Michael had a strong conviction around building products by designing experiments, looking at the data and iterating. He also had a vision around unlocking the video camera that exists in everyone’s pocket today. It’s awesome to see that passion and dedication to process pay off today. I couldn’t be more proud of the team.

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The Startup Resume

Having recently read through the hundreds of applications for YC’s Work At A Startup event, I have a few tips for programmers who are applying to work at a startup. Here they are:

  • Keep it short. At the early stage, your resume is probably being read by someone who doesn’t read resumes as their full time job. Help them save time by limiting what you write down.
  • Keep it concise. Contrary to getting hired a big company, startups aren’t looking for the alphabet soup of every programming language and framework. We know you can’t possibly have mastery in all of them; no one can. Instead, you should focus on the things you do excellently, and demonstrate why you do them excellently.
  • Keep it relevant. If you worked in retail, leave that off, unless you are applying to some sort of retail software startup. Honestly, I just don’t care, it looks like filler.

Overall, startups are looking for...

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Maybe we’re in a bubble but it doesn’t matter

What should you do?

Lots of people are saying we are in a bubble. The IPO market caps for Groupon and Zynga are too high. The purchase price for Instagram is too high. Early stage valuations are too high, no thanks to that darn Y Combinator.

We are definitely in the growth phase of a cycle. I personally believe that we still have a ways to go before a retraction, but that is not the point of this post. I am writing this post for all the aspiring tech entrepreneurs and programmers out there who hear bubble and wonder whether jumping off is the right decision, and all the college kids wondering if a CS or engineering degree will pay off. To those readers: we might be in a bubble, but for you it doesn’t matter.

The reality of the world is that software, specifically Internet enabled software, is becoming a part of every business. Marc Andreessen said “software is eating the world,” and by that he meant...

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What good is experience?

When I didn’t have any experience, I thought that experience was totally worthless. Emmett and I taught ourselves how to build web applications in a few months in college and built the first version of Kiko pretty quickly. I did the front end by piecing together javascript tutorials until we had something that resembled a calendar.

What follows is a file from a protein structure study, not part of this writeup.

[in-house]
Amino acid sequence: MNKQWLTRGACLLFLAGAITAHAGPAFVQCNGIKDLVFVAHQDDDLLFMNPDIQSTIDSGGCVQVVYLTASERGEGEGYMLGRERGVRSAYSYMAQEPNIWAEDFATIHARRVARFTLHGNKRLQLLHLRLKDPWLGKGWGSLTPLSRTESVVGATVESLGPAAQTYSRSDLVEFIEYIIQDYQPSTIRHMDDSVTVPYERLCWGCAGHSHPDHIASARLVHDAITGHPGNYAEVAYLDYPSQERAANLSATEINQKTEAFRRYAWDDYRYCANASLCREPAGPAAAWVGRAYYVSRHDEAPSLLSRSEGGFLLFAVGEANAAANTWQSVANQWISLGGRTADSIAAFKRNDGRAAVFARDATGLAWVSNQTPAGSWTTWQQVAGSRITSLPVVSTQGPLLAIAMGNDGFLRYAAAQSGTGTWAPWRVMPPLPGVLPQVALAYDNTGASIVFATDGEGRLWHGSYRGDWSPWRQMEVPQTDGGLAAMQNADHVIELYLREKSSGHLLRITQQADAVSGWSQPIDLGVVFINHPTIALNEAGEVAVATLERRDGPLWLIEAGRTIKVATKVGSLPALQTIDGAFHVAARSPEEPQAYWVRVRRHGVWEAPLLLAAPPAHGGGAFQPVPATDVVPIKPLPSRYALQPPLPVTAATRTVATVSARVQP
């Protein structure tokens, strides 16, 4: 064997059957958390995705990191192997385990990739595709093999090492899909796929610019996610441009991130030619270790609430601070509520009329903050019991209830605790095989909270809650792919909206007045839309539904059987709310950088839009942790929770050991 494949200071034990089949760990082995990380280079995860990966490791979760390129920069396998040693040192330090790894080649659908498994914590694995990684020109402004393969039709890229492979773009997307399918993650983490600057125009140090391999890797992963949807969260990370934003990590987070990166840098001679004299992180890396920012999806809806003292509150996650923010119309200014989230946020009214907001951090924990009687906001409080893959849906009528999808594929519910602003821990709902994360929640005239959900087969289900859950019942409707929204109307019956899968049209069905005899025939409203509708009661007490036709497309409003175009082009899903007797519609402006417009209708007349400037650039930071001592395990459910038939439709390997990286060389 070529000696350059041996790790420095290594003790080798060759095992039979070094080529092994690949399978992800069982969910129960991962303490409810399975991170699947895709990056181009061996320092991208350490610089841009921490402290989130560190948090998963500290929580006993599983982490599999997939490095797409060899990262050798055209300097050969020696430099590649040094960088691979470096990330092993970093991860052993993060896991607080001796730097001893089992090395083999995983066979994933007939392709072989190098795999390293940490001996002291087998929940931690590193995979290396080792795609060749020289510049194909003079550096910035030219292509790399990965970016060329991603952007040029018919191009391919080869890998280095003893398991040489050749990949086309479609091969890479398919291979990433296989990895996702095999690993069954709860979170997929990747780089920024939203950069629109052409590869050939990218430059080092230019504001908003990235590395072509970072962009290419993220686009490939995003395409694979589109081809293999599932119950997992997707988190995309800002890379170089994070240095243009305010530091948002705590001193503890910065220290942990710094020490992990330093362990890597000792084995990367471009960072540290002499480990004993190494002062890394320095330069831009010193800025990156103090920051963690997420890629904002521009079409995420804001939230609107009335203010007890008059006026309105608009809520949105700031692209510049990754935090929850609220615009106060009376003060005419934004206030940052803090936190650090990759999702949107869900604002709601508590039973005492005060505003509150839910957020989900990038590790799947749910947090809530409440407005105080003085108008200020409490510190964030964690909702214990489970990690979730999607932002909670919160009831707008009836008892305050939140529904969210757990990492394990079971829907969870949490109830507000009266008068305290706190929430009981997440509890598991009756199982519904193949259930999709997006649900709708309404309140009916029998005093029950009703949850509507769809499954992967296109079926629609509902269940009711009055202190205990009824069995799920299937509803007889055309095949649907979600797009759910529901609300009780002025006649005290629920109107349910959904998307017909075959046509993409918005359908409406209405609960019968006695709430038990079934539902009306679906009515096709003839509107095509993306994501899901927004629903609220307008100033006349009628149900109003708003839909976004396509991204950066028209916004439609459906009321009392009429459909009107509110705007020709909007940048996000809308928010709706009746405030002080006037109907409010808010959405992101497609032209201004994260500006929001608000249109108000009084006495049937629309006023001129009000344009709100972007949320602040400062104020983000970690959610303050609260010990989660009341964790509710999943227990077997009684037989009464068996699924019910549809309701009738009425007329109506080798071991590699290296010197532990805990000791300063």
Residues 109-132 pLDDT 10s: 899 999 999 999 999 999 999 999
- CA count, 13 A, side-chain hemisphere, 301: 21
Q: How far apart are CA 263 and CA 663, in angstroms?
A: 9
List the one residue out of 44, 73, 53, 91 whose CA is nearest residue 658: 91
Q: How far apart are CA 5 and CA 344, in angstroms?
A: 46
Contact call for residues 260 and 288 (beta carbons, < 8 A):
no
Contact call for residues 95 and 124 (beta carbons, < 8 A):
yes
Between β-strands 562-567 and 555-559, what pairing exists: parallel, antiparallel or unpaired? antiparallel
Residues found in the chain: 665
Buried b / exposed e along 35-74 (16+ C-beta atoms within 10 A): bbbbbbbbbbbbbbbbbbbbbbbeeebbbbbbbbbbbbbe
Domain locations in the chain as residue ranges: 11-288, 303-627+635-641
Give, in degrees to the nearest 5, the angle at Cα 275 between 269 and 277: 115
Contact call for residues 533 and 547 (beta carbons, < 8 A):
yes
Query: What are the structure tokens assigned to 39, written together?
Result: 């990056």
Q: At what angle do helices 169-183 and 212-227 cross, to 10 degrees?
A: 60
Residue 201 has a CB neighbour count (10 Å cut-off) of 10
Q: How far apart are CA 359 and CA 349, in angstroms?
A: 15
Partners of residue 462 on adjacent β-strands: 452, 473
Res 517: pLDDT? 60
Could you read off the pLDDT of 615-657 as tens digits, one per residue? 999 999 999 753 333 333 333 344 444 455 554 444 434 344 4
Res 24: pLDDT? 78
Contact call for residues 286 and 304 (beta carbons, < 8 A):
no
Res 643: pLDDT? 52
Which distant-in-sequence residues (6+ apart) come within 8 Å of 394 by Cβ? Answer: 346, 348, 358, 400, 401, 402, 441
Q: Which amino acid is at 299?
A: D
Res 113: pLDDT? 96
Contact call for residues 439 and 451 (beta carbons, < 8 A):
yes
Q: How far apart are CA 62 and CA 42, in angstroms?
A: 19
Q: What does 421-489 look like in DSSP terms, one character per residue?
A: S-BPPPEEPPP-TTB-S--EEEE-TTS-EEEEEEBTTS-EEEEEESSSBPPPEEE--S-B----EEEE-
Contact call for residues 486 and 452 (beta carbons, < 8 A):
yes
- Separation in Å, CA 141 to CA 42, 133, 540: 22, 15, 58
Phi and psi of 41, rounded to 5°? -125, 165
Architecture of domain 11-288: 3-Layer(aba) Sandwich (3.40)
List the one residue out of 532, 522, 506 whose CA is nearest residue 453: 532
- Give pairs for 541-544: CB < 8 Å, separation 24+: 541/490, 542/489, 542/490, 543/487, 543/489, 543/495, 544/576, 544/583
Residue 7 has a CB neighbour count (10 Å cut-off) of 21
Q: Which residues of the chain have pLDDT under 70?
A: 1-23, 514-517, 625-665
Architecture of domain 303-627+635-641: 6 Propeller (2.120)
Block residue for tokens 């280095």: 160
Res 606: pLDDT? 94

We thought we were pretty awesome. If we could build a web app that easily and drum up a bunch of public interest, then it seemed to us that everyone should be starting startups right out of college, and that anyone who wasn’t was just too scared. What was the point of waiting? You aren’t getting any younger.

When I think about that first codebase today I want to vomit in my own mouth. I am glad that I no longer have access because I want to deny it ever existed. It was a mess of spaghetti code, and even though we built it quickly, it took a lot longer than...

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The power of vocabulary

I learned that the process of new words entering common vocabulary is called “lexicalization” today.

When designing a new program, you are forced to come up with names for everything on the backend. Those names then tend to bleed into to common usage among the team, even though there might not be any particular reason to be consistent. For example, at Justin.tv, since we designed the system around streams of live video, we ended up with Users and Channels. When we started saving video for playback later, we naturally called these videos Archives. Now, when we talk about video, we talk about archived vs live, all because of the names we picked to describe objects in the database six years ago.

In a startup, many things are changing all the time. You are constantly adding new objects to the system or are forced to come up with new processes for new situations. These new objects and...